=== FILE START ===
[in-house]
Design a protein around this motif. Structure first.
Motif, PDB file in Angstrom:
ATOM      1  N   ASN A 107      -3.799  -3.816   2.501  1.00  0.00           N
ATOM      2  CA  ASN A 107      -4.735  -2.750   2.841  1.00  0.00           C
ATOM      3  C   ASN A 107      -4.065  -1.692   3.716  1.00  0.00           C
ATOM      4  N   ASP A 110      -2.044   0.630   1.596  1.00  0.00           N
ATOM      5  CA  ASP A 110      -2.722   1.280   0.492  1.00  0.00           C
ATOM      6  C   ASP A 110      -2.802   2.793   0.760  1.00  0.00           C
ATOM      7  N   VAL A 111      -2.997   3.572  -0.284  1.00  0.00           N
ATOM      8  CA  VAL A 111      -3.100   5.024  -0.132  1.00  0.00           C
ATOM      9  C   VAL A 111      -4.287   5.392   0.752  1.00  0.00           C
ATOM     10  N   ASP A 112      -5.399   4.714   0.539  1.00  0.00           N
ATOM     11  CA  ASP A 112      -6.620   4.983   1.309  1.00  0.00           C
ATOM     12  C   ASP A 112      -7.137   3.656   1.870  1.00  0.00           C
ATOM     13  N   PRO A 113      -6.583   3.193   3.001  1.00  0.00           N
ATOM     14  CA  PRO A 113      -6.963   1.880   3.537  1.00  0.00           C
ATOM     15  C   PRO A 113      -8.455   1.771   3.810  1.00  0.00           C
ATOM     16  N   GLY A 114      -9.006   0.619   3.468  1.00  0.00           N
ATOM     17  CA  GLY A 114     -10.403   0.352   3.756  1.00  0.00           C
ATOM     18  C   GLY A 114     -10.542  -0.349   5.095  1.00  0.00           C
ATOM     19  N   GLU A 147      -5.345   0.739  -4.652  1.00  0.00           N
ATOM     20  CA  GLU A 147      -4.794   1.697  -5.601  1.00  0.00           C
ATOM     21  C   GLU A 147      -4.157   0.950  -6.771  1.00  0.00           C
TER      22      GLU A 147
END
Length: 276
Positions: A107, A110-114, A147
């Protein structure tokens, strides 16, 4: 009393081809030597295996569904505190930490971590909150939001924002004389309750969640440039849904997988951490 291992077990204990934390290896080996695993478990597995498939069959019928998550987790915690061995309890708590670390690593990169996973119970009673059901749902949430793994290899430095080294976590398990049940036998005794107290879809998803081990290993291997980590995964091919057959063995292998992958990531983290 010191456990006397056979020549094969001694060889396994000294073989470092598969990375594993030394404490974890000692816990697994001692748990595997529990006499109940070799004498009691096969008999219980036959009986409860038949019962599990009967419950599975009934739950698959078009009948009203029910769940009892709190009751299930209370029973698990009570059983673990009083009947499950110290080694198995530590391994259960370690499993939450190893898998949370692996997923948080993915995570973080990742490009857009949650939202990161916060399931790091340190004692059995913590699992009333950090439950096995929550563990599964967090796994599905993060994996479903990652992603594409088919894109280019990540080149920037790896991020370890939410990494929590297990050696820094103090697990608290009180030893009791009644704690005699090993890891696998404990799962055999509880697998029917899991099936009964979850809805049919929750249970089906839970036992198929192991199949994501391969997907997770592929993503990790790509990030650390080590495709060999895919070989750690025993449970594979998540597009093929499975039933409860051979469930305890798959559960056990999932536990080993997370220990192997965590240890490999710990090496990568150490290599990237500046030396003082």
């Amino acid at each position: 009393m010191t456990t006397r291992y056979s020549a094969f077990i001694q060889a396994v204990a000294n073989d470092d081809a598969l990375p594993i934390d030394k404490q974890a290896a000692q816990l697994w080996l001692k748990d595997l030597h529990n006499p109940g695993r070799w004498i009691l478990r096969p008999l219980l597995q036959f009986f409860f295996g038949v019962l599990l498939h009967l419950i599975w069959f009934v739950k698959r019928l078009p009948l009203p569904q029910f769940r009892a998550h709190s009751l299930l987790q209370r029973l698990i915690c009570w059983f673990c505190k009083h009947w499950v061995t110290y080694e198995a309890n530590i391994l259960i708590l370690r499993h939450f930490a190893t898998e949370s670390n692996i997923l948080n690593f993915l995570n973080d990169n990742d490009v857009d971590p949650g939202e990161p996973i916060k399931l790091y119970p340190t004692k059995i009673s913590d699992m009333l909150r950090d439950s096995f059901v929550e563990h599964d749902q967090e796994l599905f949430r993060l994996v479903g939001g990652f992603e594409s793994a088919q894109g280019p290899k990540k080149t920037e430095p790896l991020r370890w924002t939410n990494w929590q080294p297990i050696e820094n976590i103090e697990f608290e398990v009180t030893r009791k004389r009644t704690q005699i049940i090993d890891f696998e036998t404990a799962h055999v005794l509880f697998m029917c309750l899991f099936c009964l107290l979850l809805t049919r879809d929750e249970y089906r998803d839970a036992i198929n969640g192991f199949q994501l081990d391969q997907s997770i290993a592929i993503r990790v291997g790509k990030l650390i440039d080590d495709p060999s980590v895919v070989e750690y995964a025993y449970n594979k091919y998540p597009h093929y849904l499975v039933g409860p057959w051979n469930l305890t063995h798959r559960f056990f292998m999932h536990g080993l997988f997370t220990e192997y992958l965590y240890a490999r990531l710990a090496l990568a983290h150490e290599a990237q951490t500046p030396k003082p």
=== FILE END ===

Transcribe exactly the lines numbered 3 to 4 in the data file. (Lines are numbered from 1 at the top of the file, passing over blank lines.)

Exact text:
Motif, PDB file in Angstrom:
ATOM      1  N   ASN A 107      -3.799  -3.816   2.501  1.00  0.00           N